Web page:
Every once in a while you need to know the service account that is executing SQL Server, for example to grant SQL Server access to a new windows resource. When you are remoted to the machine running the instance in question already, you can just start the SQL Server Configuration Manager to find out. But sometimes it would just be quicker to use T-SQL for this.
In SQL Server 2005 and SQL Server 2008 there was no documented way. Some people used the undocumented xp_regread to find that information in an undocumented place in the registry:
You can find more details about that approach and its inherent dangers here on stackoverflow. (That is where I found above query too.)
This seems to work, but using undocumented ways always runs the risk of suddenly breaking because of a change Microsoft decided to implement.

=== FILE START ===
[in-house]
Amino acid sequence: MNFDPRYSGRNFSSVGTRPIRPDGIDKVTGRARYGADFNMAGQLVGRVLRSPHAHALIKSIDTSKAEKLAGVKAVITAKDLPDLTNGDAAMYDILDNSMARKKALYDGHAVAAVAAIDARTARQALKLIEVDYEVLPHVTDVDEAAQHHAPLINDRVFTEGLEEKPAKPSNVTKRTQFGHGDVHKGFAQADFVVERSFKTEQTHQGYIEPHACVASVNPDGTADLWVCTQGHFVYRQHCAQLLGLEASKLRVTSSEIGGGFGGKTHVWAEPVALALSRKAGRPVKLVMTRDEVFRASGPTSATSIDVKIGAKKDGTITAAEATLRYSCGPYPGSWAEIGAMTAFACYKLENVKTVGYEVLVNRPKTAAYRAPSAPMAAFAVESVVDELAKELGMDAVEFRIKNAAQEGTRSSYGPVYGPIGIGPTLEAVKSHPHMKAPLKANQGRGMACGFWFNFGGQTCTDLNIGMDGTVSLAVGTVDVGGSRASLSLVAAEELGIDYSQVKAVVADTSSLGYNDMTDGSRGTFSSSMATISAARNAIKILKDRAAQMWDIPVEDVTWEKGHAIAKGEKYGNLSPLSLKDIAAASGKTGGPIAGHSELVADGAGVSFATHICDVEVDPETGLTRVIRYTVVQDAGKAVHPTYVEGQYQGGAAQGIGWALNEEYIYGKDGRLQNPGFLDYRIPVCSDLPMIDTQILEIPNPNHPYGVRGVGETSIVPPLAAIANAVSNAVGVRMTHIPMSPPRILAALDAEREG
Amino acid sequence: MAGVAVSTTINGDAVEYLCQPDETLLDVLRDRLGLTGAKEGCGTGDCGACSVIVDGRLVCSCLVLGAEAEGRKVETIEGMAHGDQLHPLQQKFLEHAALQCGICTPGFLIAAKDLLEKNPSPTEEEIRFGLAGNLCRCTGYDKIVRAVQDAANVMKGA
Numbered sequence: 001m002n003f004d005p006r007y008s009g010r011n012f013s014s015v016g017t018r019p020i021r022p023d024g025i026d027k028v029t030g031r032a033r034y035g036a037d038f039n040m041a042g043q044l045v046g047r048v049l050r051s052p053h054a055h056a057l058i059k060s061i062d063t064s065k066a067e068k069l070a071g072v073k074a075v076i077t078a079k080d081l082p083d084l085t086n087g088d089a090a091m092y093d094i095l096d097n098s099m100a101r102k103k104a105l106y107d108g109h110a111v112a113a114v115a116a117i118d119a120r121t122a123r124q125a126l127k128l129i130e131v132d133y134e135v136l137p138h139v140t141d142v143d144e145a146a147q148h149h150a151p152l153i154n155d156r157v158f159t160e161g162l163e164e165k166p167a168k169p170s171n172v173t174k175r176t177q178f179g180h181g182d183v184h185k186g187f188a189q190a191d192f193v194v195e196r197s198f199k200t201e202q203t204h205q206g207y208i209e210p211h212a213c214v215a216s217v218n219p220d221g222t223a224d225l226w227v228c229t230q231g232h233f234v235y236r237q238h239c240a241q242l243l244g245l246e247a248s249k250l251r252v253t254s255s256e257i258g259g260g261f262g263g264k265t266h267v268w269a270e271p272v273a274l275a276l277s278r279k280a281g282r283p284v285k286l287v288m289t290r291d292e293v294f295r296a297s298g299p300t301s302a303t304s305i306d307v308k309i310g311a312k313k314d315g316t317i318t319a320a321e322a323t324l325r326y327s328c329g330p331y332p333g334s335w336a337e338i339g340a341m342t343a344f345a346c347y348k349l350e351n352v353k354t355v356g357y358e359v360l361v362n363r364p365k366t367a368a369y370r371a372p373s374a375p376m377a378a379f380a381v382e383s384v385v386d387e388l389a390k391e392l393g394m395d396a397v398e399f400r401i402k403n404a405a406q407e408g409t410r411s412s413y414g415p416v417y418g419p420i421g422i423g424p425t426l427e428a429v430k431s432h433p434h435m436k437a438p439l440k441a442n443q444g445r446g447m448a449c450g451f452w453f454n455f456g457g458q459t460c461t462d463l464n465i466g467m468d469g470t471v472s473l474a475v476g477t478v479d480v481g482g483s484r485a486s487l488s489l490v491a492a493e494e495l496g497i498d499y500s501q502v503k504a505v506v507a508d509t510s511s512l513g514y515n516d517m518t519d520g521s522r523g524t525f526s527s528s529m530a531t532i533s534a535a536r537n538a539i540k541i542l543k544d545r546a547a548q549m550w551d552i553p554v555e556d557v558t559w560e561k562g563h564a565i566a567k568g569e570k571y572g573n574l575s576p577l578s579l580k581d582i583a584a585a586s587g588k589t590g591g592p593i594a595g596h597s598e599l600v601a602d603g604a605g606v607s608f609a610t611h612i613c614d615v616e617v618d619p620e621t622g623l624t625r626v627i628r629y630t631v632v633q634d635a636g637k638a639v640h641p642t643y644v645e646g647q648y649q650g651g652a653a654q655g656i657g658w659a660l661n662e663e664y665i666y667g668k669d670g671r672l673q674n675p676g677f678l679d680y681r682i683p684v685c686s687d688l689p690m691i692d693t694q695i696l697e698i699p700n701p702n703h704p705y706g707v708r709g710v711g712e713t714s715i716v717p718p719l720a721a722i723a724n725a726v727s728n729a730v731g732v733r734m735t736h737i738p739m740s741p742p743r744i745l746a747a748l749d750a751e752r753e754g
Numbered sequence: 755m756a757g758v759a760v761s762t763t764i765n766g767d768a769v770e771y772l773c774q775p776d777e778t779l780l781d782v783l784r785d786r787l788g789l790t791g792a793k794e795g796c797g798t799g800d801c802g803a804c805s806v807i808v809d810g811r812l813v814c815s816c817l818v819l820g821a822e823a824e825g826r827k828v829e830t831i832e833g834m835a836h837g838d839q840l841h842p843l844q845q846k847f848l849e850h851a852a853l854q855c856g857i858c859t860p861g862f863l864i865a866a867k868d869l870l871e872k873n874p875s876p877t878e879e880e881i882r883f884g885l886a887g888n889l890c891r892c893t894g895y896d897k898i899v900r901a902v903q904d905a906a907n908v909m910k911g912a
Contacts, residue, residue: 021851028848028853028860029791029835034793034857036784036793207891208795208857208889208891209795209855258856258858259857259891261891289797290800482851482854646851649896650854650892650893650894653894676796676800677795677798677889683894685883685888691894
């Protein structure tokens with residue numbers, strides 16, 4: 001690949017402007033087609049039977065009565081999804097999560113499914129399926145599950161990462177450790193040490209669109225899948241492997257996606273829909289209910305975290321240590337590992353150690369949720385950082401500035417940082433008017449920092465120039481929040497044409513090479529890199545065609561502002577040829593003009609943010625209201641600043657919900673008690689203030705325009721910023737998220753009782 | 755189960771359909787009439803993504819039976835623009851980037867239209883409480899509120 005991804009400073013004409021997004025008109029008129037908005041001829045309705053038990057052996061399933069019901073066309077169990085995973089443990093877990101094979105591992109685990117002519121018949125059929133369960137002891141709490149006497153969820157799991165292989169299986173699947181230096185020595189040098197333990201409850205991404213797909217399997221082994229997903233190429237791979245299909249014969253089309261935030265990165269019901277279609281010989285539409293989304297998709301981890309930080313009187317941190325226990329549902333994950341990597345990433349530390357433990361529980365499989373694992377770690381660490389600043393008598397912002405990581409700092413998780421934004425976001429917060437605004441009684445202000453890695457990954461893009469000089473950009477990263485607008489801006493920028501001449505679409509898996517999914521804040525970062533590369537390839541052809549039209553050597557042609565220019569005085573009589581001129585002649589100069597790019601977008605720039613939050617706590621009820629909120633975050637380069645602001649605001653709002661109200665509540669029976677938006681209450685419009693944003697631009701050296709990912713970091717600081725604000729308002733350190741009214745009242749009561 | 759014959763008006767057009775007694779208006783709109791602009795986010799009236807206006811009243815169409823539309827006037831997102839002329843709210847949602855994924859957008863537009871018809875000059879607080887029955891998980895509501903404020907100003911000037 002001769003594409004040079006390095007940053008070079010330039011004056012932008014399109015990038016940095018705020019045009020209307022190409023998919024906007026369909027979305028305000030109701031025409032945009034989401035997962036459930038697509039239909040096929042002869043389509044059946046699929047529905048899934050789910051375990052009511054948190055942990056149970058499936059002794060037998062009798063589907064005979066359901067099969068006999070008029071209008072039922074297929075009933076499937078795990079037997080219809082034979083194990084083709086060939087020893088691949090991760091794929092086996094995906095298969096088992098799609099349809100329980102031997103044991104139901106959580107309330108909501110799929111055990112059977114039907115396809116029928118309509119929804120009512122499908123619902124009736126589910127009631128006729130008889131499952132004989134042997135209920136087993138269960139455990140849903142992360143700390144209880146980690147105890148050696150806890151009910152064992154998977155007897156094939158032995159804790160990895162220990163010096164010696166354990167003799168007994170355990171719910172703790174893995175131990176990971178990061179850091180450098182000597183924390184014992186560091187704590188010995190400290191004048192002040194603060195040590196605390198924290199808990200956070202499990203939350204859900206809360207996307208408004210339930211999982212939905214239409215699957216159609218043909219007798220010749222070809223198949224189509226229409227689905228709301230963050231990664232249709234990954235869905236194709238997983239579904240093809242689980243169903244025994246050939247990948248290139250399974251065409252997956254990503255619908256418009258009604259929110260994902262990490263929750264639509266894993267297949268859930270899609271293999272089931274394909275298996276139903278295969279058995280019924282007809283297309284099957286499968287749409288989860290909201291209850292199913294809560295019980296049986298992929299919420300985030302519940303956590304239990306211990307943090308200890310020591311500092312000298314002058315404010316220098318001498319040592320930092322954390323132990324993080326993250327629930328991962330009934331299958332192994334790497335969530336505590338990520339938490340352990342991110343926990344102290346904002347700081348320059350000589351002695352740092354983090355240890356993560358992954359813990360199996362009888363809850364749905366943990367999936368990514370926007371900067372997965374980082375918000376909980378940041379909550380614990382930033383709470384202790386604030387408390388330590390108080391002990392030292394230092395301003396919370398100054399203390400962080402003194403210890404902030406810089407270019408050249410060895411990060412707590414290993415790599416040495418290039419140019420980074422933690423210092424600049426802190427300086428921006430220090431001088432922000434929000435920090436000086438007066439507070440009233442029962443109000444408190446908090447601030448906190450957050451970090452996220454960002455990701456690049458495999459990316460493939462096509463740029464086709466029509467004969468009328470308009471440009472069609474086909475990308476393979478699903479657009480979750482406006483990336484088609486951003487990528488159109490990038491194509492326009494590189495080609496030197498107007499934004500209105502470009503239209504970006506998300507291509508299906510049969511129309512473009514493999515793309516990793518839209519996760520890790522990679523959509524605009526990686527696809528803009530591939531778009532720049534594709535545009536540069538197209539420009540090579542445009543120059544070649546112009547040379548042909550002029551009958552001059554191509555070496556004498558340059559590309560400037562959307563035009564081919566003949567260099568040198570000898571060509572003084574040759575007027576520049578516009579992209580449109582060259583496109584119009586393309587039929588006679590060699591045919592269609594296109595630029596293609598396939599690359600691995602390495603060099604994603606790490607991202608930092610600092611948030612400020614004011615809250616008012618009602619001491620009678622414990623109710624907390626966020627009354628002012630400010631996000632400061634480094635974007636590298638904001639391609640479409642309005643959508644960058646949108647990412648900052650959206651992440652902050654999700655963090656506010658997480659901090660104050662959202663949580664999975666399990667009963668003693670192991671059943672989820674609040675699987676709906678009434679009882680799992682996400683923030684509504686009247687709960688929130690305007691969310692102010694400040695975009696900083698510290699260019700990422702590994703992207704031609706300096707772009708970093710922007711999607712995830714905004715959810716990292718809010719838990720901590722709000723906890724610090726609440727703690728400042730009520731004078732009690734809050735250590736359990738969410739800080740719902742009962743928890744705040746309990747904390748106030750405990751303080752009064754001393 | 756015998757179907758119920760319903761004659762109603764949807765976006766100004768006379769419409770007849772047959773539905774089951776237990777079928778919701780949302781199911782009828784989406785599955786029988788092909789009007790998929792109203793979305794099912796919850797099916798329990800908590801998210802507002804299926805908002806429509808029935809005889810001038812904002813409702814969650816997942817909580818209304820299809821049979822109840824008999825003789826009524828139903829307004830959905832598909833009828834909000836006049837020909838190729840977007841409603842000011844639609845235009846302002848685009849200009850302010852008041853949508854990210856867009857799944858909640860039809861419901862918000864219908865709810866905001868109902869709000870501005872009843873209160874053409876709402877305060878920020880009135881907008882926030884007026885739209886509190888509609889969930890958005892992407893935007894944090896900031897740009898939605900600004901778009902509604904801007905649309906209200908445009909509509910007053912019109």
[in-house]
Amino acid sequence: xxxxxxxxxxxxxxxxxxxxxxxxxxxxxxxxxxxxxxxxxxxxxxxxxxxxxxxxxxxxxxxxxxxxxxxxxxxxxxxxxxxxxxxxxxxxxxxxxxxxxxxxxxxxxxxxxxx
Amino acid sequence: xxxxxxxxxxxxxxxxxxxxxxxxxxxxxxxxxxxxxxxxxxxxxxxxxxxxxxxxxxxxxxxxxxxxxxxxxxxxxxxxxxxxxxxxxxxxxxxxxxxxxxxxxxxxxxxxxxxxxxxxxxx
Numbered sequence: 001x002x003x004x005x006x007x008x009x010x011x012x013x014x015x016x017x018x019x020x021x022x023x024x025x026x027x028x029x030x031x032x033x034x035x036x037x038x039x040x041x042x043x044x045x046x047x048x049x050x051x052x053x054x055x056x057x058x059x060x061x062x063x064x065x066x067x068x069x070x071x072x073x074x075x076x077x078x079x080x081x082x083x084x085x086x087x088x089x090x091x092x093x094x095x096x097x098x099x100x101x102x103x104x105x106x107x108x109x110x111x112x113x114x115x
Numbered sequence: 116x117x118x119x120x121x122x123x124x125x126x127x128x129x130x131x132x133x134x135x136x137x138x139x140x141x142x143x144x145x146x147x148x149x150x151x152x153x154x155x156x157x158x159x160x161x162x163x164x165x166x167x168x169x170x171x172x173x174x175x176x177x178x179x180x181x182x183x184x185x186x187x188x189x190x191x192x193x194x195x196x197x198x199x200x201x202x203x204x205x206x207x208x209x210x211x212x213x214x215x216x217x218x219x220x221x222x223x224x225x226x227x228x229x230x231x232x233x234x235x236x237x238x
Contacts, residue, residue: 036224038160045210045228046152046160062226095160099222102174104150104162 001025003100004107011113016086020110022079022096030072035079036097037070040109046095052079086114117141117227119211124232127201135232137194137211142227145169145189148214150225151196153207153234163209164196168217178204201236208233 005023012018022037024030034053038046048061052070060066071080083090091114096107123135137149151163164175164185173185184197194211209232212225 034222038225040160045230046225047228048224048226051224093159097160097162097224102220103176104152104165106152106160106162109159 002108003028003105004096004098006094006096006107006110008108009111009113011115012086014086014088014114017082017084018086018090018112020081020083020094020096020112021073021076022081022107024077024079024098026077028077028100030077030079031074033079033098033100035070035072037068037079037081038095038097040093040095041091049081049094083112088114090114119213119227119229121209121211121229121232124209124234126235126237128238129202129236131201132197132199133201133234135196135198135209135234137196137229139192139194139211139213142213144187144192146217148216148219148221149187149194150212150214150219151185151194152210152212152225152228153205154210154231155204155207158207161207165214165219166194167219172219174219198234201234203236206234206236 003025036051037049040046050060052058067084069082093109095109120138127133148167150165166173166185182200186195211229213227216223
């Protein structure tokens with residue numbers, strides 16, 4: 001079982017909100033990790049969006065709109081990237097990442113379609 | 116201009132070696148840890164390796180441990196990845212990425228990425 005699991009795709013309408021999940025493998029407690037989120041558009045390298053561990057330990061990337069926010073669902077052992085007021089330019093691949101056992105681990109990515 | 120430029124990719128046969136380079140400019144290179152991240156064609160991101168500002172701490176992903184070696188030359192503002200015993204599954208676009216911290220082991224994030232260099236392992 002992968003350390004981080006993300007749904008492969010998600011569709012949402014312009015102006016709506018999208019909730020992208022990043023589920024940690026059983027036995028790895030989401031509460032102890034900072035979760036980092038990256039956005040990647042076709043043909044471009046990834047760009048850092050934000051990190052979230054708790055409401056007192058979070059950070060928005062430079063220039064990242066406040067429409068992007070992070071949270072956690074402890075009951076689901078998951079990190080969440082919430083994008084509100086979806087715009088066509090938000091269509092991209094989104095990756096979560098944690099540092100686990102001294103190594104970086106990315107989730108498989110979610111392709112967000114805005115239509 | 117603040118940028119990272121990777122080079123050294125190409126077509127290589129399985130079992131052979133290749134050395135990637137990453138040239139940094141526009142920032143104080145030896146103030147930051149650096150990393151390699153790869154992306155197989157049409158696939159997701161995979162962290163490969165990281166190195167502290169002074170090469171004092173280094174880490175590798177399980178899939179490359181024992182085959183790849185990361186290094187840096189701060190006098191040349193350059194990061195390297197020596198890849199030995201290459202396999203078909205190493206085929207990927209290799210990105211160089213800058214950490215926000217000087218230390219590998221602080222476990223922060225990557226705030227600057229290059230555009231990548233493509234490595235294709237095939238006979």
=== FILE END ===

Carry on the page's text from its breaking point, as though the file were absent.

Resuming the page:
Since SQL Server 2008R2 SP1 we have a documented way to get to this information: sys.dm_server_services
sys.dm_server_services gives us information about the current state of the services related to SQL Server that are currently installed.
The information includes the startup type, the startup time the path and file name of the executable and, you guessed it, the account that the service is running under.
So all we need to do now to identify the service account of a SQL Server instance is to run a select statement like this:
Executed on my local instance it returns this result:
As you can see, it returns not only the service account for the SQL Server service but also for the SQL Server Agent and the SQL Server Full-Text daemon. Besides of that a lot of additional useful information is returned.
Before SQL Server 2008R2 SP1 there was no documented way to identify the SQL Server service account of an instance by just using T-SQL. Since then however we can use sys.dm_server_services to get to that account name, not only for the SQL Server service but also for other related services like the SQL Server Agent service.